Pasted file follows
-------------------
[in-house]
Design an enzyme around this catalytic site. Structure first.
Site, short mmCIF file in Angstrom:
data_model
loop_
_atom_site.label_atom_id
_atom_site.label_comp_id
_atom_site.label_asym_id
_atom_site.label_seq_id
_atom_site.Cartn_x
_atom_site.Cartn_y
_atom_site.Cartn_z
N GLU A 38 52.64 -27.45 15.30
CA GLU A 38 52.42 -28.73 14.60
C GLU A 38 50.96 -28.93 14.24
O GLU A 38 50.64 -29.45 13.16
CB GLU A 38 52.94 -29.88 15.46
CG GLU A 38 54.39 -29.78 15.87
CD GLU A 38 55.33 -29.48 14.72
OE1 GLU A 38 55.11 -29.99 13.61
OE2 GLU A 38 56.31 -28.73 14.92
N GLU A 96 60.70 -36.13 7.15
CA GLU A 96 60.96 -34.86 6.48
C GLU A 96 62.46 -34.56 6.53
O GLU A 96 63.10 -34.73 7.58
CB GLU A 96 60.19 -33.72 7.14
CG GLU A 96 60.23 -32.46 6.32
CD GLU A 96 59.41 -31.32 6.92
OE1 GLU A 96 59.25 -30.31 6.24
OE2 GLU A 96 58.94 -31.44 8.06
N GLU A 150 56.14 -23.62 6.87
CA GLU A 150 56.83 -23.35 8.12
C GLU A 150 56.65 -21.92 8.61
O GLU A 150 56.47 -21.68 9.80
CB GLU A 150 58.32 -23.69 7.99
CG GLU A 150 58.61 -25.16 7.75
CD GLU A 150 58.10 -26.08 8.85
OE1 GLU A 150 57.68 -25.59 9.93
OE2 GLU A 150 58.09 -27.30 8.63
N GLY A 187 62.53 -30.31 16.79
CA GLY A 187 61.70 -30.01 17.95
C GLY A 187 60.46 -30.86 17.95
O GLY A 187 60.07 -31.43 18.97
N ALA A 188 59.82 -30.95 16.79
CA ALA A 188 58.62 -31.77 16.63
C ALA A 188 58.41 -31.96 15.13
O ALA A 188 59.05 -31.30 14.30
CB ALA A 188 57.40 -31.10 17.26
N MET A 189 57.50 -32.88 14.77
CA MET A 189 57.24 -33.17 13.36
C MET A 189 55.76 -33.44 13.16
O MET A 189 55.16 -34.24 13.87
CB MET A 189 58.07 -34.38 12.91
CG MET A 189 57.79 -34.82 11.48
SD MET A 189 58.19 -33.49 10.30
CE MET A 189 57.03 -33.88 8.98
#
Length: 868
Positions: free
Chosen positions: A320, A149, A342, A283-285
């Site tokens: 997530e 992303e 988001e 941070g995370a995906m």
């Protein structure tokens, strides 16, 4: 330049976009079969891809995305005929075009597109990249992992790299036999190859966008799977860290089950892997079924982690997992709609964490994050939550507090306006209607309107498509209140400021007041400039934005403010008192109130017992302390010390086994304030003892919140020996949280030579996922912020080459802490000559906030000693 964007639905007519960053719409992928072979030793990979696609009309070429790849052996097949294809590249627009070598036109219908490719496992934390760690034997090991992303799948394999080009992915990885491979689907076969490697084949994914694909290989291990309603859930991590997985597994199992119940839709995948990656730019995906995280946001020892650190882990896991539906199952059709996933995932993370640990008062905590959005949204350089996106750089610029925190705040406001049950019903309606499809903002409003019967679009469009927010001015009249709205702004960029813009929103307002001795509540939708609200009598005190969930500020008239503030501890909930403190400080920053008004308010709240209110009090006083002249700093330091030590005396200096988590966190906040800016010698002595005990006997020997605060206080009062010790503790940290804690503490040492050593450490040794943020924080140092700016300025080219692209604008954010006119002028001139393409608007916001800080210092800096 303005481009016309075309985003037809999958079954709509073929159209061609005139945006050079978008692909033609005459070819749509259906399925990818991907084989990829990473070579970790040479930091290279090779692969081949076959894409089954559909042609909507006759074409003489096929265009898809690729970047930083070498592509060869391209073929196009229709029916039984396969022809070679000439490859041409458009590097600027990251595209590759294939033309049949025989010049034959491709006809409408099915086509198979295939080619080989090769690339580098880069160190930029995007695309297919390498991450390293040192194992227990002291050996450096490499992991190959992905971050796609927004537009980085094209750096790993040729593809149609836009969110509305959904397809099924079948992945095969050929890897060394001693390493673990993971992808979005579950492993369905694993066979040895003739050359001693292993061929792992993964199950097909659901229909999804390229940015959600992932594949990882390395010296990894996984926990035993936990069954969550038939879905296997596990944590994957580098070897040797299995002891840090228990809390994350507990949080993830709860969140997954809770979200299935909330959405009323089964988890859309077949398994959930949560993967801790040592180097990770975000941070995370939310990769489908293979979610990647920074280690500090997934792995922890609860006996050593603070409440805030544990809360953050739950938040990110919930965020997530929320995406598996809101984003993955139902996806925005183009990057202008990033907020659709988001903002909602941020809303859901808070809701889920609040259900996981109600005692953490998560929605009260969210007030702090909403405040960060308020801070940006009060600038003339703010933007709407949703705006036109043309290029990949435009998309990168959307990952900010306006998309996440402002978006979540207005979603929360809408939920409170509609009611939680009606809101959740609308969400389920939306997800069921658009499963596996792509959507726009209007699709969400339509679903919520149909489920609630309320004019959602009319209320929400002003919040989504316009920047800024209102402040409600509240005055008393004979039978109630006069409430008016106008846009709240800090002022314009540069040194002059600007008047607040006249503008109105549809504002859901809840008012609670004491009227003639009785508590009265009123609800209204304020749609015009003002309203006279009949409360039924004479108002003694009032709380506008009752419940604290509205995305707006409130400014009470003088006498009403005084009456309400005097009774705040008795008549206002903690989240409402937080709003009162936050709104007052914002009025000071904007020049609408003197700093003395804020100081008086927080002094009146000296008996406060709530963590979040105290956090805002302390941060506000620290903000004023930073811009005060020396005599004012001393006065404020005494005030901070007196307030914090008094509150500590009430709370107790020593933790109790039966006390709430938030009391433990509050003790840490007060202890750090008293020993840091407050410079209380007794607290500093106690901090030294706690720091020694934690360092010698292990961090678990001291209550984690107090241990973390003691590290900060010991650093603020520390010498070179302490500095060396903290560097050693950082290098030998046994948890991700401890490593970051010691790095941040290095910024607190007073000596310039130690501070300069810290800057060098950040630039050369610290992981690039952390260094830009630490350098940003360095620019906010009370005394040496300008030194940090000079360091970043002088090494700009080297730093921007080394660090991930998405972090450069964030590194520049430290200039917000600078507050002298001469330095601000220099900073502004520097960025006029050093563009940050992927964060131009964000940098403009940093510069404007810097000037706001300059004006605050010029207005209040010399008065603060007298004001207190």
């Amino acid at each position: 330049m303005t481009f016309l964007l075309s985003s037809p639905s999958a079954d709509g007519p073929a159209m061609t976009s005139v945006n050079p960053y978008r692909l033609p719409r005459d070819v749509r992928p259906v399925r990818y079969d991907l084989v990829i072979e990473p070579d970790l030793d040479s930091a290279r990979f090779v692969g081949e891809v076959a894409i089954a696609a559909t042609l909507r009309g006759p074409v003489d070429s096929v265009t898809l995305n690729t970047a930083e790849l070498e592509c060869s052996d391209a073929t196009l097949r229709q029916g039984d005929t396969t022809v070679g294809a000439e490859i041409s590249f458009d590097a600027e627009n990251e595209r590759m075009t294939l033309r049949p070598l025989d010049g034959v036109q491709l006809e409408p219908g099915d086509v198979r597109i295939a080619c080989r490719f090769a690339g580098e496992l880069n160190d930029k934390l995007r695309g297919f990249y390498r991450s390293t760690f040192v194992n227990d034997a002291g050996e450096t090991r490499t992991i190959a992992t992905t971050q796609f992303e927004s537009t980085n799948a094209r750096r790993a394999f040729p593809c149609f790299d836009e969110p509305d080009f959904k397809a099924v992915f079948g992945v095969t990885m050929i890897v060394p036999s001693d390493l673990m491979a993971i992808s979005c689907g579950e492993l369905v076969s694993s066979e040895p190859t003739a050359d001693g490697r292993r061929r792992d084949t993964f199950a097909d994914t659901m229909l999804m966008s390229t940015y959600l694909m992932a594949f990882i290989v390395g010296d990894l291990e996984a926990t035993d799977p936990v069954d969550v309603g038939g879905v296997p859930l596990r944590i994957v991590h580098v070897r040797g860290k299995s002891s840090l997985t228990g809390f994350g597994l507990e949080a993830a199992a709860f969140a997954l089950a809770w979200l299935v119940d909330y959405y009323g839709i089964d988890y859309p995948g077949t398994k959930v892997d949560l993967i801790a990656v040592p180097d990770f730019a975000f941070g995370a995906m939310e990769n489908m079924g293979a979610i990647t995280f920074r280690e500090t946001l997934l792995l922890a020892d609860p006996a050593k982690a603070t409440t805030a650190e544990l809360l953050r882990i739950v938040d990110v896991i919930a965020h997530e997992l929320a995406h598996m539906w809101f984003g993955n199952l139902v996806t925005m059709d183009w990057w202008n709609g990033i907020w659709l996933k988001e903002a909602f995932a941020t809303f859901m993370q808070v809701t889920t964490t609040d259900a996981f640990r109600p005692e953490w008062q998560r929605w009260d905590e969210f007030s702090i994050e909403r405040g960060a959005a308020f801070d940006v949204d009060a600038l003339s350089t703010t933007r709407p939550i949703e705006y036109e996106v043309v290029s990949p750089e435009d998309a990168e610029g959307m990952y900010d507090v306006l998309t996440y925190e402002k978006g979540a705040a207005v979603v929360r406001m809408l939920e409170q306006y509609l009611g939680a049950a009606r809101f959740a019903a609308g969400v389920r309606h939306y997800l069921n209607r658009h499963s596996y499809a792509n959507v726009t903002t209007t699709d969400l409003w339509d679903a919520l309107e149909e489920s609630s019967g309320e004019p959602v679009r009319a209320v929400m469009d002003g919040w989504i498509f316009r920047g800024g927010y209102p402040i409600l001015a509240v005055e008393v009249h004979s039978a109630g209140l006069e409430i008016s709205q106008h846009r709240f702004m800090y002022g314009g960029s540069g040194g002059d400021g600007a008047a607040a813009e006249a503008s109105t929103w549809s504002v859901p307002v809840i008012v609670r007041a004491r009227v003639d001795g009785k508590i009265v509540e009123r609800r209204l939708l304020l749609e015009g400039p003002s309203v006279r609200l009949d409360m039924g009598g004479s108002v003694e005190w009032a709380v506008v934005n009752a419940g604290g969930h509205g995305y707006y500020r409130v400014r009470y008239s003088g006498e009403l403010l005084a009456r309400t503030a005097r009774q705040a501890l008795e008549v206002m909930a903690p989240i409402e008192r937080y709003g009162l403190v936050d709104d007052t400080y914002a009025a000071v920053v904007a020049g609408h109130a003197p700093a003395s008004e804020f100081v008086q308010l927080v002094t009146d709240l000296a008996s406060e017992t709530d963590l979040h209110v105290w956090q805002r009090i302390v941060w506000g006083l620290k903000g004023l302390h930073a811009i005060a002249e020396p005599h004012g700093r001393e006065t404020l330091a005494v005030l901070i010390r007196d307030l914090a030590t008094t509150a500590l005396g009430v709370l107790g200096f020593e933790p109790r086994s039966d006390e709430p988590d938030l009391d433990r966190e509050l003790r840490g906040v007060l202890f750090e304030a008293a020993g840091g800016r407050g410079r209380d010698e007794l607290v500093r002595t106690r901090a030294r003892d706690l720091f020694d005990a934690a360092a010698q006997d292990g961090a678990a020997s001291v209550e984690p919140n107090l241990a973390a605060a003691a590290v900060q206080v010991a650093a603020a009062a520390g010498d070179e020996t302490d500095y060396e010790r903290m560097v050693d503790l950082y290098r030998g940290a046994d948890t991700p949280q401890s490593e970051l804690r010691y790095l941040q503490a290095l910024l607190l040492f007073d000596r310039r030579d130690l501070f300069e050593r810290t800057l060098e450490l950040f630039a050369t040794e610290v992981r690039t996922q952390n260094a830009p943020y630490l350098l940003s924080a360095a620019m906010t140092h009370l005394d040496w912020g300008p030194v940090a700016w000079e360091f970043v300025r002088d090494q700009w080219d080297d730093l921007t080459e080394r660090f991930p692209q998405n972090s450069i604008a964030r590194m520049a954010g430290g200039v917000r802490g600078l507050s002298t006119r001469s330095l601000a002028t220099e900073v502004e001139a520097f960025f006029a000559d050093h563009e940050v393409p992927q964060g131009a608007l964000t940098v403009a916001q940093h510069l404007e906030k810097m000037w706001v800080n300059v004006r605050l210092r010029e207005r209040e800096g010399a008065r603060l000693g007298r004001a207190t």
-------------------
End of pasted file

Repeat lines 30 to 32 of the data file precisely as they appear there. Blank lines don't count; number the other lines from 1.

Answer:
OE2 GLU A 96 58.94 -31.44 8.06
N GLU A 150 56.14 -23.62 6.87
CA GLU A 150 56.83 -23.35 8.12